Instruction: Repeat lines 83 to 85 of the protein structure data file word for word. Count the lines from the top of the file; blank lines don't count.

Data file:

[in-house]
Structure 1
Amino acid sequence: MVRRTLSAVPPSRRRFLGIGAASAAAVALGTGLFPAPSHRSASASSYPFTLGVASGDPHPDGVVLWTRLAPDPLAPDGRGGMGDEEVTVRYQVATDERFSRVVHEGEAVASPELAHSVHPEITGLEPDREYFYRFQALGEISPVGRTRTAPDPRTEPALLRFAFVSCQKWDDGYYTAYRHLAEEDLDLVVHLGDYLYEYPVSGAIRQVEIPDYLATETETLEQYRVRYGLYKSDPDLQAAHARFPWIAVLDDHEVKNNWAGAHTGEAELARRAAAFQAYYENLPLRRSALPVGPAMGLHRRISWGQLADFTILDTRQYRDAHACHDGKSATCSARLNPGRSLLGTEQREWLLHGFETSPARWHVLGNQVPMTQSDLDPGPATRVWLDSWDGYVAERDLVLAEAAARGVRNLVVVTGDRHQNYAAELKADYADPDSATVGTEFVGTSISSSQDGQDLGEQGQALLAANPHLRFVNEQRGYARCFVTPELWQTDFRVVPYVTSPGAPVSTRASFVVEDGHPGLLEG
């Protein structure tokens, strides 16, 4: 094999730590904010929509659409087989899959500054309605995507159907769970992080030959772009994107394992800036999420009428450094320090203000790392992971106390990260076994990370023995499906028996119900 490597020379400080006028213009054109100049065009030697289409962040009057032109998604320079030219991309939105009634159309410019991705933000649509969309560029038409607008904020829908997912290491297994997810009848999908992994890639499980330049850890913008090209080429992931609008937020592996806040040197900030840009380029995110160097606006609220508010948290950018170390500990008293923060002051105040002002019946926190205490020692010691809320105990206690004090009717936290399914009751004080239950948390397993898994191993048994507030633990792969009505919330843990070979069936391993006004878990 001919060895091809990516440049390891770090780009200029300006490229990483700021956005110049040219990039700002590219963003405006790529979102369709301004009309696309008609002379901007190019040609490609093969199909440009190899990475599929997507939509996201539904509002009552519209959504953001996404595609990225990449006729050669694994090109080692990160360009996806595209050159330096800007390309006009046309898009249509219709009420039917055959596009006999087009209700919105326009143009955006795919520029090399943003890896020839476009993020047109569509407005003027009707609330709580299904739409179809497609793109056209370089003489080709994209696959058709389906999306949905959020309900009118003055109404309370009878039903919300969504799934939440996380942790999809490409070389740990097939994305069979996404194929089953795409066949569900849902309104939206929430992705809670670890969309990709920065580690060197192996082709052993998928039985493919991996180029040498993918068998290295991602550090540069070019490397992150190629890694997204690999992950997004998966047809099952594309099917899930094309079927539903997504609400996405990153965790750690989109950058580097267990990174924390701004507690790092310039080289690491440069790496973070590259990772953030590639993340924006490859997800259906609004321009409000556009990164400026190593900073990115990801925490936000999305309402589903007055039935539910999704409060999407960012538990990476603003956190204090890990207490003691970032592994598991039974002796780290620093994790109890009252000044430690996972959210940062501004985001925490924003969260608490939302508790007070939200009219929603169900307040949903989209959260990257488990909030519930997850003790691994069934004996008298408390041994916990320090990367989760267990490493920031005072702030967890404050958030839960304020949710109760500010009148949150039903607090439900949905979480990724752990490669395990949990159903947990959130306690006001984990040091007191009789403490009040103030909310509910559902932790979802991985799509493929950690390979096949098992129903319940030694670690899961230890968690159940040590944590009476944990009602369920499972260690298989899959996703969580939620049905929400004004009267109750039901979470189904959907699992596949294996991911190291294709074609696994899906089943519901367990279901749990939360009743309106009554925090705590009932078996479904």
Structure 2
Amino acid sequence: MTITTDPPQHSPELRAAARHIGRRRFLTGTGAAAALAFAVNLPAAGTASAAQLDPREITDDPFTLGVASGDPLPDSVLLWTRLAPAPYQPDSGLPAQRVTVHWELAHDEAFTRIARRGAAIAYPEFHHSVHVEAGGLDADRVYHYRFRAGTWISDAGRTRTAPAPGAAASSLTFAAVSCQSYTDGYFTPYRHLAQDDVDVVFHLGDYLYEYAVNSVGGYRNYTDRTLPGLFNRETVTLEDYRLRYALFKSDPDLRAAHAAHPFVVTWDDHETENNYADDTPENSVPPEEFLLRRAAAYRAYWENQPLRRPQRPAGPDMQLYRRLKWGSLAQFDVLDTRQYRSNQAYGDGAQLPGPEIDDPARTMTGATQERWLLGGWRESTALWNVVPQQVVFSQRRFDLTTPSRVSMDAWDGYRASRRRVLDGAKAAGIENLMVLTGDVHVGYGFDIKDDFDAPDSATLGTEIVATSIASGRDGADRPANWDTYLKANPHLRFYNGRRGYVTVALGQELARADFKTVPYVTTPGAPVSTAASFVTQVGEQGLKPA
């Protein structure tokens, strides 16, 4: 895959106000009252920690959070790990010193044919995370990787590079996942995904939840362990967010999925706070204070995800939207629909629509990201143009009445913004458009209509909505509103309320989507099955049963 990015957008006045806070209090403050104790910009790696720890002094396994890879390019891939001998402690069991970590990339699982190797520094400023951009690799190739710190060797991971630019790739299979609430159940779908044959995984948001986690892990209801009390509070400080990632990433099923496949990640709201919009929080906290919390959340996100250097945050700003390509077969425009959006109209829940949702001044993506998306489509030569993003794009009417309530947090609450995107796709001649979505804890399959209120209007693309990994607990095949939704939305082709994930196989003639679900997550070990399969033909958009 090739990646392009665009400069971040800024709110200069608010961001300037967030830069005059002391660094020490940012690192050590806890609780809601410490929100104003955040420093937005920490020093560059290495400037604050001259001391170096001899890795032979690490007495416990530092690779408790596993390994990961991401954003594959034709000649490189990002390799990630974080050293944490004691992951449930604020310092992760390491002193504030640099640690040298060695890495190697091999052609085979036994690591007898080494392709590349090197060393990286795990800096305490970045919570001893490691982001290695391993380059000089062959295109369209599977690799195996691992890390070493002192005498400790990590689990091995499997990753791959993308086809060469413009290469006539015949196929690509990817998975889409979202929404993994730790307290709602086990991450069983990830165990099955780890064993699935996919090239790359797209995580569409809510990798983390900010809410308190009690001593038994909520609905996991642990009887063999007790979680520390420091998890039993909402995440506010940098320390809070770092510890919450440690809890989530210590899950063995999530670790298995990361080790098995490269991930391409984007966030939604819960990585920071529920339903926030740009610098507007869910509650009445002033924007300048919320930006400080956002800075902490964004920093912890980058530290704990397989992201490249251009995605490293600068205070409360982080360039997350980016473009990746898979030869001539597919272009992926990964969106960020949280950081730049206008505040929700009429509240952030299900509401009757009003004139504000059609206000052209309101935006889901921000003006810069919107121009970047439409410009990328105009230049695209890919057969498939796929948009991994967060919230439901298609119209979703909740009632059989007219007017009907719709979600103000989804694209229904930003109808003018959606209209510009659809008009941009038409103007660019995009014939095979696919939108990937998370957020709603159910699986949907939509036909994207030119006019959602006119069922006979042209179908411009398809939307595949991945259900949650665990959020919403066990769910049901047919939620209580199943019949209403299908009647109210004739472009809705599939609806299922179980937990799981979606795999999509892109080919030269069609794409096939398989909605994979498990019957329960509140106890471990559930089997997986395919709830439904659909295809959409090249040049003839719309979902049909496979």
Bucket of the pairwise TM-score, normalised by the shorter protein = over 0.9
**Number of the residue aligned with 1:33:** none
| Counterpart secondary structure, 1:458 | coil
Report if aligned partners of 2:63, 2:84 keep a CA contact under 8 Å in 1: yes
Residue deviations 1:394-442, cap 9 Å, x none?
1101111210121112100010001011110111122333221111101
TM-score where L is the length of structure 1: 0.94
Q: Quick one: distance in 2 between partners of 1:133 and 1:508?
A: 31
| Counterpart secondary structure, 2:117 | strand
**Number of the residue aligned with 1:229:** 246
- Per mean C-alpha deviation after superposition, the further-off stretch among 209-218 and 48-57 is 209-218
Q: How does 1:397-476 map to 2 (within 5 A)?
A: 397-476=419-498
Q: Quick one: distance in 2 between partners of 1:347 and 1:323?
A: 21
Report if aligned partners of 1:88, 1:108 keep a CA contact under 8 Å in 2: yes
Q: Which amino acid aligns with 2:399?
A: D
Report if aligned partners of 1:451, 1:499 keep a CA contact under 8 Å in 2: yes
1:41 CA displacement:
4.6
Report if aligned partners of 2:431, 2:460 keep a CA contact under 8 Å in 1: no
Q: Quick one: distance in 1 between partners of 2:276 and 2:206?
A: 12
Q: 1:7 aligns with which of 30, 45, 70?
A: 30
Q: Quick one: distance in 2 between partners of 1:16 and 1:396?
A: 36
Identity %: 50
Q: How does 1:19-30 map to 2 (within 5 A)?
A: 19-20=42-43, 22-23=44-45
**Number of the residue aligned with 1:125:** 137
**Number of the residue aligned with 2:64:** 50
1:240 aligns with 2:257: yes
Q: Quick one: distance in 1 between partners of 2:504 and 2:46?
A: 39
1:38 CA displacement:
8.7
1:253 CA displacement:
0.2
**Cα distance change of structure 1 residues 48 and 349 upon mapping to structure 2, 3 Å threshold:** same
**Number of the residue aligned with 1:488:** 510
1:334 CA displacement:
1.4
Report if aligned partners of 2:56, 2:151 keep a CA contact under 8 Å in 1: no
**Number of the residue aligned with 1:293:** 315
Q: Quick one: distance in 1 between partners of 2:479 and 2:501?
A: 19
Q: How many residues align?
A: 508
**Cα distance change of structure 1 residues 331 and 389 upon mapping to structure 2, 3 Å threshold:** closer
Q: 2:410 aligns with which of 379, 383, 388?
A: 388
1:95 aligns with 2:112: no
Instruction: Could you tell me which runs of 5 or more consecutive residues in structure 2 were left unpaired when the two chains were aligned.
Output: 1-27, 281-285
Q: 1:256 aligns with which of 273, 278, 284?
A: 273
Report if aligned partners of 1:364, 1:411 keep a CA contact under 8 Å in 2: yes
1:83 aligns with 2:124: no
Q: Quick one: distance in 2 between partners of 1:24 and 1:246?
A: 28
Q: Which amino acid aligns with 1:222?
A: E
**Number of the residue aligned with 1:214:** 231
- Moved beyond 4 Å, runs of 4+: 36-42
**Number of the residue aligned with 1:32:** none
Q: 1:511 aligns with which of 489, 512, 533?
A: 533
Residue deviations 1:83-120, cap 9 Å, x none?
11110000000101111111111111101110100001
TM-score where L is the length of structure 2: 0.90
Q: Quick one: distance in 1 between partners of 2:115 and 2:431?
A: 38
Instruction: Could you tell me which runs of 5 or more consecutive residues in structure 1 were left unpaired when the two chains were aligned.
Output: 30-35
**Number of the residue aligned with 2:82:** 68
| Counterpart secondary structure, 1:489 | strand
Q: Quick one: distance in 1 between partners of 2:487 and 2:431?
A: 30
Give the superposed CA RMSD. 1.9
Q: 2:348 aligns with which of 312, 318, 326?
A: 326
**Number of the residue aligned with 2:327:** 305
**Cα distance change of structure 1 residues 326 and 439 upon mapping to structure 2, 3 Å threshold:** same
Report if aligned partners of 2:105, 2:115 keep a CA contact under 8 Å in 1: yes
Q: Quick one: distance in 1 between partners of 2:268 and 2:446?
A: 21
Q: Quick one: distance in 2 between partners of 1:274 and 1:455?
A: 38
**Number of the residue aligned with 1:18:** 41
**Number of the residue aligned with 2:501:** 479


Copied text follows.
Instruction: Could you tell me which runs of 5 or more consecutive residues in structure 1 were left unpaired when the two chains were aligned.
Output: 30-35
**Number of the residue aligned with 2:82:** 68